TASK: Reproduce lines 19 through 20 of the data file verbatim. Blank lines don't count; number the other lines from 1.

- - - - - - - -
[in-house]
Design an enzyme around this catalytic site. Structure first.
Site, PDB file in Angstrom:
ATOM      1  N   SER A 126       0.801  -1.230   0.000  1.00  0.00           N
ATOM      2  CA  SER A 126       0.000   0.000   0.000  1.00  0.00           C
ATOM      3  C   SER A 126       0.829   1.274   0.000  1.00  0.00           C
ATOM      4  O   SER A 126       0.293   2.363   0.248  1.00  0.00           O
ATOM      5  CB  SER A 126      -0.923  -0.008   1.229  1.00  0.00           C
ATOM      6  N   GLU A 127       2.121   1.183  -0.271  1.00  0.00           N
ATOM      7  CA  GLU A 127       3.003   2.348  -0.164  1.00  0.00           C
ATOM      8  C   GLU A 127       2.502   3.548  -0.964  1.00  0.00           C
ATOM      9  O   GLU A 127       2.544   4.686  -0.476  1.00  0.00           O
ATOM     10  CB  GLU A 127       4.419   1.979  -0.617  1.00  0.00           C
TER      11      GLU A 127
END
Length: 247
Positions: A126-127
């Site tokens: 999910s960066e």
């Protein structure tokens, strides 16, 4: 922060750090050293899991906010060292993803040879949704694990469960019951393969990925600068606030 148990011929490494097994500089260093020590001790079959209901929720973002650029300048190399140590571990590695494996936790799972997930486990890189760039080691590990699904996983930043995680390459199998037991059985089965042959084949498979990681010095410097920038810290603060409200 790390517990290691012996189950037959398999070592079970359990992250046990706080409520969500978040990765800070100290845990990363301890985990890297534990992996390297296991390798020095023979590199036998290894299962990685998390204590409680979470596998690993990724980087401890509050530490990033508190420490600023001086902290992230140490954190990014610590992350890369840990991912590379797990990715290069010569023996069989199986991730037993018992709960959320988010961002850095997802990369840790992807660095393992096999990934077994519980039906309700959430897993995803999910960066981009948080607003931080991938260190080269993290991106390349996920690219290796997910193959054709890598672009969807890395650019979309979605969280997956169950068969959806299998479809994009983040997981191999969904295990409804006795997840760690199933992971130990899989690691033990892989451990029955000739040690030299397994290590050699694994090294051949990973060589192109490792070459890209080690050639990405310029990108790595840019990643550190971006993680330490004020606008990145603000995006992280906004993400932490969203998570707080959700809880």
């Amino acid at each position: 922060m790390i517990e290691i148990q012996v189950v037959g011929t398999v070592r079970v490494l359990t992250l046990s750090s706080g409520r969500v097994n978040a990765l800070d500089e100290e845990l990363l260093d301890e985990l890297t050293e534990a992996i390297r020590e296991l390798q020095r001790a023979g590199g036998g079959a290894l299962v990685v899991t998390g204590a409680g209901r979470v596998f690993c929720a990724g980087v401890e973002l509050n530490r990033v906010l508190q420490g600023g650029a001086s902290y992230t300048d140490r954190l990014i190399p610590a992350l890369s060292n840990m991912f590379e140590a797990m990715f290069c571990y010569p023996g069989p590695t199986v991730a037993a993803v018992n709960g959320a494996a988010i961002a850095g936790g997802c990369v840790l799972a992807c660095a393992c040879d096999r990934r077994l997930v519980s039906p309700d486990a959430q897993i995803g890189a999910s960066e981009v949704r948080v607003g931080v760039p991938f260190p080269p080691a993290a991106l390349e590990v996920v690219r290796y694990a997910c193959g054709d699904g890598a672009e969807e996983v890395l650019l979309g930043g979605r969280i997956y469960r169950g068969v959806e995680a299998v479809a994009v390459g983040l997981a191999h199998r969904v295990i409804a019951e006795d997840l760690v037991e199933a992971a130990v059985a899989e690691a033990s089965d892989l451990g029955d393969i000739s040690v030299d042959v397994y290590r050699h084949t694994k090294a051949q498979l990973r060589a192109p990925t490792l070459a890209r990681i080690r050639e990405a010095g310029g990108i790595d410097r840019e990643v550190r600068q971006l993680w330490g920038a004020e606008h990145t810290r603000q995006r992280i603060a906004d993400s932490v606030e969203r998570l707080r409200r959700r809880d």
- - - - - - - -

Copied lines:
């Protein structure tokens, strides 16, 4: 922060750090050293899991906010060292993803040879949704694990469960019951393969990925600068606030 148990011929490494097994500089260093020590001790079959209901929720973002650029300048190399140590571990590695494996936790799972997930486990890189760039080691590990699904996983930043995680390459199998037991059985089965042959084949498979990681010095410097920038810290603060409200 790390517990290691012996189950037959398999070592079970359990992250046990706080409520969500978040990765800070100290845990990363301890985990890297534990992996390297296991390798020095023979590199036998290894299962990685998390204590409680979470596998690993990724980087401890509050530490990033508190420490600023001086902290992230140490954190990014610590992350890369840990991912590379797990990715290069010569023996069989199986991730037993018992709960959320988010961002850095997802990369840790992807660095393992096999990934077994519980039906309700959430897993995803999910960066981009948080607003931080991938260190080269993290991106390349996920690219290796997910193959054709890598672009969807890395650019979309979605969280997956169950068969959806299998479809994009983040997981191999969904295990409804006795997840760690199933992971130990899989690691033990892989451990029955000739040690030299397994290590050699694994090294051949990973060589192109490792070459890209080690050639990405310029990108790595840019990643550190971006993680330490004020606008990145603000995006992280906004993400932490969203998570707080959700809880």
């Amino acid at each position: 922060m790390i517990e290691i148990q012996v189950v037959g011929t398999v070592r079970v490494l359990t992250l046990s750090s706080g409520r969500v097994n978040a990765l800070d500089e100290e845990l990363l260093d301890e985990l890297t050293e534990a992996i390297r020590e296991l390798q020095r001790a023979g590199g036998g079959a290894l299962v990685v899991t998390g204590a409680g209901r979470v596998f690993c929720a990724g980087v401890e973002l509050n530490r990033v906010l508190q420490g600023g650029a001086s902290y992230t300048d140490r954190l990014i190399p610590a992350l890369s060292n840990m991912f590379e140590a797990m990715f290069c571990y010569p023996g069989p590695t199986v991730a037993a993803v018992n709960g959320a494996a988010i961002a850095g936790g997802c990369v840790l799972a992807c660095a393992c040879d096999r990934r077994l997930v519980s039906p309700d486990a959430q897993i995803g890189a999910s960066e981009v949704r948080v607003g931080v760039p991938f260190p080269p080691a993290a991106l390349e590990v996920v690219r290796y694990a997910c193959g054709d699904g890598a672009e969807e996983v890395l650019l979309g930043g979605r969280i997956y469960r169950g068969v959806e995680a299998v479809a994009v390459g983040l997981a191999h199998r969904v295990i409804a019951e006795d997840l760690v037991e199933a992971a130990v059985a899989e690691a033990s089965d892989l451990g029955d393969i000739s040690v030299d042959v397994y290590r050699h084949t694994k090294a051949q498979l990973r060589a192109p990925t490792l070459a890209r990681i080690r050639e990405a010095g310029g990108i790595d410097r840019e990643v550190r600068q971006l993680w330490g920038a004020e606008h990145t810290r603000q995006r992280i603060a906004d993400s932490v606030e969203r998570l707080r409200r959700r809880d």